4 4.      The biological father of the minor child, [the putative father], has consented to te Petitioners' custody of the minor child and their subsequent permanent adoption of the minor child.

5 5.      [The putative father] and [Respondent] were never married to each other.
6 6.      Two days following the birth of the minor child, Respondent directed that said child be released to the care of Jim and Diane Wells. . . .

7 7.      Jim and Diane Wells cared for the minor child in their home located in Lexington, South Carolina for approximately four and one half months. . . .

8 8.      Upon Respondent's release from the Women's Correctional Institution on January 2, 2001, she moved to Lexington, South Carolina where she resided with Jim and Diane Wells and the minor child for a period of approximately three months. During this time period, Diane Wells still served as the primary caretaker of the minor child.

9 9.      Jim and Diane Wells were instrumental in assisting Respondent in obtaining her own residence, furnishing and utilities in Lexington, South Carolina. Respondent moved from the Wells' home to her own residence where she resided with the minor child for a period of approximately two and one half weeks.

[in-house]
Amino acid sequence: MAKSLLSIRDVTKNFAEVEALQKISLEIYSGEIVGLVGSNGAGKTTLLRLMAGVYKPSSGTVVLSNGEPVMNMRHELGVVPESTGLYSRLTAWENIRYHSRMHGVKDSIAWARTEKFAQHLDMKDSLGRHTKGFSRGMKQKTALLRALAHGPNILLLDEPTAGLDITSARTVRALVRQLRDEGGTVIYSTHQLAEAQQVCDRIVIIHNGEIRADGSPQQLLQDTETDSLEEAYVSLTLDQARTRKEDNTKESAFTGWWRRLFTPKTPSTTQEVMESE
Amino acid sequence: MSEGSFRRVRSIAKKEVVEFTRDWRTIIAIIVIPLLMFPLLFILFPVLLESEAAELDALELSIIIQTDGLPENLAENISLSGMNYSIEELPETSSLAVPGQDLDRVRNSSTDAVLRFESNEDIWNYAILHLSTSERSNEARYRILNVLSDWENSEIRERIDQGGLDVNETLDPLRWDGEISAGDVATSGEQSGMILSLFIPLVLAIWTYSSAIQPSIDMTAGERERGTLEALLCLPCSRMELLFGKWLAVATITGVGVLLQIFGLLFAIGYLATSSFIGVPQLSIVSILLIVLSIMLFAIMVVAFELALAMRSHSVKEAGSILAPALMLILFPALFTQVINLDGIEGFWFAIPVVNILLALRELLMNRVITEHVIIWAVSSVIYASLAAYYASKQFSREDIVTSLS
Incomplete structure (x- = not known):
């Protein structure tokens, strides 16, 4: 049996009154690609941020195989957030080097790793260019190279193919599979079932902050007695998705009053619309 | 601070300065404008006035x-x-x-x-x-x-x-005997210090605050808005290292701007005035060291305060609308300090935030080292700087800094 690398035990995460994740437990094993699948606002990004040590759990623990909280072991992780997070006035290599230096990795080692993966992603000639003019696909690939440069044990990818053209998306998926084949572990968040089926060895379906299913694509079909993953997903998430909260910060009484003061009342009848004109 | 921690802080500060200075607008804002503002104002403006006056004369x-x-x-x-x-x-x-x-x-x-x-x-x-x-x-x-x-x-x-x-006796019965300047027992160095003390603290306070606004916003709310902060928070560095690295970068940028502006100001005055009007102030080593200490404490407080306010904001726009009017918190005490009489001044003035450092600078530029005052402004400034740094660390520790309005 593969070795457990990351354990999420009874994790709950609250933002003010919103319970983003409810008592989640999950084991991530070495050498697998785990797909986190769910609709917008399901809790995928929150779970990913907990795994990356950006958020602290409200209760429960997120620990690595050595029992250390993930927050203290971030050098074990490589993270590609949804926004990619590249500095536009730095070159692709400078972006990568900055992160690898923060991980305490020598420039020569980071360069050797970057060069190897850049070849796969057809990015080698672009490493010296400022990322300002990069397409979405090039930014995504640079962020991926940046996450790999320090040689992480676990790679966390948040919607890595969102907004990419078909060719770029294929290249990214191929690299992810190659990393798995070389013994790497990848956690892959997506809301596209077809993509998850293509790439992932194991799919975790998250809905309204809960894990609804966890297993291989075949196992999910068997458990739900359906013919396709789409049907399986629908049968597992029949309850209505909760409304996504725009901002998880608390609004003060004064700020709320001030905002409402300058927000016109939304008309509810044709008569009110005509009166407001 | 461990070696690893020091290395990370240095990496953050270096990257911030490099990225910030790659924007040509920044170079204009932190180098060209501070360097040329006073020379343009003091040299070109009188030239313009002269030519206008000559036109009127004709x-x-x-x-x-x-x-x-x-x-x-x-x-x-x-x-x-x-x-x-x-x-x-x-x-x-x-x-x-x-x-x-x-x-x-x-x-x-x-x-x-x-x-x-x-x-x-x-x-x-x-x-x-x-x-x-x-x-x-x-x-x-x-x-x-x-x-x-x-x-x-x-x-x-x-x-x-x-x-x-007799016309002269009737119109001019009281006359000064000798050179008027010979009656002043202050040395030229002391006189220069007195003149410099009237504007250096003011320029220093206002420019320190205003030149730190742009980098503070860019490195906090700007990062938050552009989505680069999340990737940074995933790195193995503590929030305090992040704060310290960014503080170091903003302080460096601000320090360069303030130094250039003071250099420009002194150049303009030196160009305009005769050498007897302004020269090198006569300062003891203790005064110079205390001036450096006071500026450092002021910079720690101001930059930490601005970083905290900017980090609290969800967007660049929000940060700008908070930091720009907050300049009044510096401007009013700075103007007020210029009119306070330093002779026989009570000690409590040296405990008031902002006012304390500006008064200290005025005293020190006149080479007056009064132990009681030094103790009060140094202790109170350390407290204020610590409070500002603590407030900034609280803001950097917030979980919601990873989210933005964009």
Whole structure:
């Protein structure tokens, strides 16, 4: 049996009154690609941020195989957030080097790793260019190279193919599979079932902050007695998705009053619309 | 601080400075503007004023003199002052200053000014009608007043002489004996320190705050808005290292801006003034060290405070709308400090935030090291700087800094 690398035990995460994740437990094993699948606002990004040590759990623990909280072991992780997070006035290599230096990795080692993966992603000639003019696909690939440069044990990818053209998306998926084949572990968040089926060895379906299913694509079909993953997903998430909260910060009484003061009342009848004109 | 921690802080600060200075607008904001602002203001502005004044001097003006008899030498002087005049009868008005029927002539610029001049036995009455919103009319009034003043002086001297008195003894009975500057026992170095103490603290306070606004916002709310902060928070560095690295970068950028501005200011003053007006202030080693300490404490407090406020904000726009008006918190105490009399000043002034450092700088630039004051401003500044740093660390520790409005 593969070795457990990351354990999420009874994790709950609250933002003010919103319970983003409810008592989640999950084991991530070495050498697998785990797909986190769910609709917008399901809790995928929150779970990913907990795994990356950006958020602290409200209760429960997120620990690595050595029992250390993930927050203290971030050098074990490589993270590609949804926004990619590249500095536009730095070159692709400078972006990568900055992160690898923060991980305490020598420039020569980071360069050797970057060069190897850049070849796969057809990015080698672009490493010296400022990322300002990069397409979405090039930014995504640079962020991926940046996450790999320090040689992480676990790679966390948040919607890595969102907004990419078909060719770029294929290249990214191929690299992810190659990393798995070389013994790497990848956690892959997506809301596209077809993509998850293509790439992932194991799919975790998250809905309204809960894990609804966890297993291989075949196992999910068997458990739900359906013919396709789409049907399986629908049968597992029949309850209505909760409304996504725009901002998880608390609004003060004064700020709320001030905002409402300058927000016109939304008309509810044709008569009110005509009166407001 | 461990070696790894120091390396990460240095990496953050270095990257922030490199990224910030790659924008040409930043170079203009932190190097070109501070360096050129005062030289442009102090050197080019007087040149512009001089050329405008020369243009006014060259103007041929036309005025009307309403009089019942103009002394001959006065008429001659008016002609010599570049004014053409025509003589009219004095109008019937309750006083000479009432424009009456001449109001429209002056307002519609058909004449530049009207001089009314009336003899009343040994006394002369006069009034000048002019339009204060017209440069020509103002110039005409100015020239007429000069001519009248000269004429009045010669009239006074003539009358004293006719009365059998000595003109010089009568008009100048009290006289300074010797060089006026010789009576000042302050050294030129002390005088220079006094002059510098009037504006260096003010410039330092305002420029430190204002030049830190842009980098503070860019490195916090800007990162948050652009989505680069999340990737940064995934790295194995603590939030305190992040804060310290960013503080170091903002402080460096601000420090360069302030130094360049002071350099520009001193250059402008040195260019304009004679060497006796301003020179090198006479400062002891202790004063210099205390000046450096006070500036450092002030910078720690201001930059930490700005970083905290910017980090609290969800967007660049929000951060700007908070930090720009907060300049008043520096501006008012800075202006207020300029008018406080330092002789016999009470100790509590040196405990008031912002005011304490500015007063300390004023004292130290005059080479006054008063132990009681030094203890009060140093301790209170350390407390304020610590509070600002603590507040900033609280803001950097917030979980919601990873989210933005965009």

10 10.      During Easter weekend of 2001, Respondent left her residence with the minor child and relocated to Summerville, South Carolina to be near [the putative father]. In Summerville, South Carolina, Respondent and the minor child resided with a paraplegic friend named Robert Cook.

11 11.      On or about May 26, 2001, Respondent contacted Diane Wells by telephone and asked her to come and pick up the minor child. Upon arriving in Summerville, South Carolina, Mrs. Wells did receive the minor child and all her belongings from Respondent and did return with the child to her Lexington, South Carolina residence.

12 12.      Mrs. Wells and her husband continued to care for the minor child in their home but received no communication from Respondent for a period of approximatelyfive weeks.

13 13.      On or about June 26, 2001, Respondent was arrested for violation of her probation and placed in the Goodman Correctional Institution in Columbia, South Carolina.

14 14.      On or about June 27, 2001, Mrs. Wells contacted Petitioners concerning the status of the minor child and the need for a family member to take responsibility for the child.

15 15.      On or about June 28, 2001, Petitioners and [the putative father] traveled to Lexington, South Carolina and received the minor child from the Wells household.